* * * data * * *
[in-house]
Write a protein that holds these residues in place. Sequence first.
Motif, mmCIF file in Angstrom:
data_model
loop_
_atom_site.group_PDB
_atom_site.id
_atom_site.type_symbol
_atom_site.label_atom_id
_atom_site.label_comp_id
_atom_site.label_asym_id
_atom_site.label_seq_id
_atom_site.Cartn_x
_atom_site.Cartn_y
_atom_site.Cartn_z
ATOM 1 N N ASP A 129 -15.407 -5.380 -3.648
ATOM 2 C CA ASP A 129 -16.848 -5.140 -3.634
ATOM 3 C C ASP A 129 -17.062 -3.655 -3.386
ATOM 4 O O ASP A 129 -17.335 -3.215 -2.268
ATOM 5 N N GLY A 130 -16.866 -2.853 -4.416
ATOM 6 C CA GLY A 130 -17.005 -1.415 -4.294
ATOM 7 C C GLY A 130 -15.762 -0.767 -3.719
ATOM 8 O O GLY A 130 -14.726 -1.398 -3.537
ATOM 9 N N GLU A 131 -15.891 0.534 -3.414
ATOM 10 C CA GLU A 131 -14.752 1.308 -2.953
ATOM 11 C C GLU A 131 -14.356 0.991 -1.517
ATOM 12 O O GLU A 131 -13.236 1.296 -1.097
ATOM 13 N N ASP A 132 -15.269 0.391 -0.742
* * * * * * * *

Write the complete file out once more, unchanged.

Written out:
[in-house]
Write a protein that holds these residues in place. Sequence first.
Motif, mmCIF file in Angstrom:
data_model
loop_
_atom_site.group_PDB
_atom_site.id
_atom_site.type_symbol
_atom_site.label_atom_id
_atom_site.label_comp_id
_atom_site.label_asym_id
_atom_site.label_seq_id
_atom_site.Cartn_x
_atom_site.Cartn_y
_atom_site.Cartn_z
ATOM 1 N N ASP A 129 -15.407 -5.380 -3.648
ATOM 2 C CA ASP A 129 -16.848 -5.140 -3.634
ATOM 3 C C ASP A 129 -17.062 -3.655 -3.386
ATOM 4 O O ASP A 129 -17.335 -3.215 -2.268
ATOM 5 N N GLY A 130 -16.866 -2.853 -4.416
ATOM 6 C CA GLY A 130 -17.005 -1.415 -4.294
ATOM 7 C C GLY A 130 -15.762 -0.767 -3.719
ATOM 8 O O GLY A 130 -14.726 -1.398 -3.537
ATOM 9 N N GLU A 131 -15.891 0.534 -3.414
ATOM 10 C CA GLU A 131 -14.752 1.308 -2.953
ATOM 11 C C GLU A 131 -14.356 0.991 -1.517
ATOM 12 O O GLU A 131 -13.236 1.296 -1.097
ATOM 13 N N ASP A 132 -15.269 0.391 -0.742